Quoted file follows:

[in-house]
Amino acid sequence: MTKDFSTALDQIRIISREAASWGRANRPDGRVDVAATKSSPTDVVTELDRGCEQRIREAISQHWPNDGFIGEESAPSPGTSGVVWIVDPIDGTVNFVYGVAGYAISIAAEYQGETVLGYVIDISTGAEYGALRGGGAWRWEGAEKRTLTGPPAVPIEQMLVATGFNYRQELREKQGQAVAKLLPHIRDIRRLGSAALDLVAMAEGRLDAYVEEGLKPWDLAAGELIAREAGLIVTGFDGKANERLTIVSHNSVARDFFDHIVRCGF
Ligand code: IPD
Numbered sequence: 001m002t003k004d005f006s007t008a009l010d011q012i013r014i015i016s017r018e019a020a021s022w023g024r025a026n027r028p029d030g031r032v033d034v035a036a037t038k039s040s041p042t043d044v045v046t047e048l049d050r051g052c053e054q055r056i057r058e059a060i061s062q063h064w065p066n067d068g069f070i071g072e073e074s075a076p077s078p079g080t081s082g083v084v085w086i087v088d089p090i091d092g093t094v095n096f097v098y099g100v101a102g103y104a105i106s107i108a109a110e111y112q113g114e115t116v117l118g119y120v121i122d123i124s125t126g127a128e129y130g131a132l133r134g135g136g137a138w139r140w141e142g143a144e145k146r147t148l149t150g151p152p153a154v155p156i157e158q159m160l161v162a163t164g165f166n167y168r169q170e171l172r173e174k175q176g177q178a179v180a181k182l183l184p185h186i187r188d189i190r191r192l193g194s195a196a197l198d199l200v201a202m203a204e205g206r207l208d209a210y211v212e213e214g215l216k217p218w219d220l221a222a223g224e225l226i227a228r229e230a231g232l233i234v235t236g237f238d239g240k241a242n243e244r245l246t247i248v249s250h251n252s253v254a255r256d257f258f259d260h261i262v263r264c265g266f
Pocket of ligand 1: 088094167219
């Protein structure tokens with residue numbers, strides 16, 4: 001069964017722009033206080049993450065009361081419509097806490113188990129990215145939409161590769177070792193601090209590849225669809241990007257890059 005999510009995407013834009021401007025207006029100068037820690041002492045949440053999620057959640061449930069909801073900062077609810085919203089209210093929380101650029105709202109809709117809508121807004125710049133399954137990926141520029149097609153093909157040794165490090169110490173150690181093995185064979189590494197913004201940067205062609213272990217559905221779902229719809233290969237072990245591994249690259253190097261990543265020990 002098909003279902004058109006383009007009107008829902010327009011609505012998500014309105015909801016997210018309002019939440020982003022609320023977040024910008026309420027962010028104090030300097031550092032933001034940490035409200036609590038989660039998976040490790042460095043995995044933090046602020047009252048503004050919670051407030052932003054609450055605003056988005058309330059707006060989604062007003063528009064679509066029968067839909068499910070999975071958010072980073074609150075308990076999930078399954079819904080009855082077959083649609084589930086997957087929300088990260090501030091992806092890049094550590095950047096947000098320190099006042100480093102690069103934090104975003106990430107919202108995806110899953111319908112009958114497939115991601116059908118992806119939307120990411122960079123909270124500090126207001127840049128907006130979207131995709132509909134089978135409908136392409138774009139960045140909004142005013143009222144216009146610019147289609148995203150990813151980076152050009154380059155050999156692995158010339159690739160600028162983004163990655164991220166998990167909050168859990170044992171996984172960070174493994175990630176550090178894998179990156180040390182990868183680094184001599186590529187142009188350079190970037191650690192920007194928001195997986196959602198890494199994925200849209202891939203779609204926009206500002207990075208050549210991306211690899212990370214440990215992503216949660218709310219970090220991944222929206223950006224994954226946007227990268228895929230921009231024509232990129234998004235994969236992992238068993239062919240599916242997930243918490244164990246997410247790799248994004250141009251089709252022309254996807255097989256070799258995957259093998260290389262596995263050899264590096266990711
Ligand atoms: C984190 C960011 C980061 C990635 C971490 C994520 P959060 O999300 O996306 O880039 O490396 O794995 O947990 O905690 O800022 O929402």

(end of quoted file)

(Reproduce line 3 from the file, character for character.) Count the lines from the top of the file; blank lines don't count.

Ligand code: IPD